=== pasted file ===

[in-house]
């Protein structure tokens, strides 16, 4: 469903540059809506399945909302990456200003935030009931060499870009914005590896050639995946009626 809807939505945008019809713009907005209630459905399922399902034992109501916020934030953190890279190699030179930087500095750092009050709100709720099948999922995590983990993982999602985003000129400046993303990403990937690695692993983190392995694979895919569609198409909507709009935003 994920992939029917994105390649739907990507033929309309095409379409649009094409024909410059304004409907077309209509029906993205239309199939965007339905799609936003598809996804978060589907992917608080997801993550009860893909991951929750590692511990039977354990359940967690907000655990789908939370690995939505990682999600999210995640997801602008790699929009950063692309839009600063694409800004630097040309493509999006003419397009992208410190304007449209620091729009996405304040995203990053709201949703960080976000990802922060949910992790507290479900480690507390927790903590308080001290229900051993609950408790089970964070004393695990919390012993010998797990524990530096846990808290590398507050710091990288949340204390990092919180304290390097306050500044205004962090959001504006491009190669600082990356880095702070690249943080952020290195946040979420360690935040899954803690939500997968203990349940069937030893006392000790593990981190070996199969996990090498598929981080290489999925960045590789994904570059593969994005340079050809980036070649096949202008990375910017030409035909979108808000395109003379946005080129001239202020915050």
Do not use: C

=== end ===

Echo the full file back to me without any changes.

[in-house]
């Protein structure tokens, strides 16, 4: 469903540059809506399945909302990456200003935030009931060499870009914005590896050639995946009626 809807939505945008019809713009907005209630459905399922399902034992109501916020934030953190890279190699030179930087500095750092009050709100709720099948999922995590983990993982999602985003000129400046993303990403990937690695692993983190392995694979895919569609198409909507709009935003 994920992939029917994105390649739907990507033929309309095409379409649009094409024909410059304004409907077309209509029906993205239309199939965007339905799609936003598809996804978060589907992917608080997801993550009860893909991951929750590692511990039977354990359940967690907000655990789908939370690995939505990682999600999210995640997801602008790699929009950063692309839009600063694409800004630097040309493509999006003419397009992208410190304007449209620091729009996405304040995203990053709201949703960080976000990802922060949910992790507290479900480690507390927790903590308080001290229900051993609950408790089970964070004393695990919390012993010998797990524990530096846990808290590398507050710091990288949340204390990092919180304290390097306050500044205004962090959001504006491009190669600082990356880095702070690249943080952020290195946040979420360690935040899954803690939500997968203990349940069937030893006392000790593990981190070996199969996990090498598929981080290489999925960045590789994904570059593969994005340079050809980036070649096949202008990375910017030409035909979108808000395109003379946005080129001239202020915050």
Do not use: C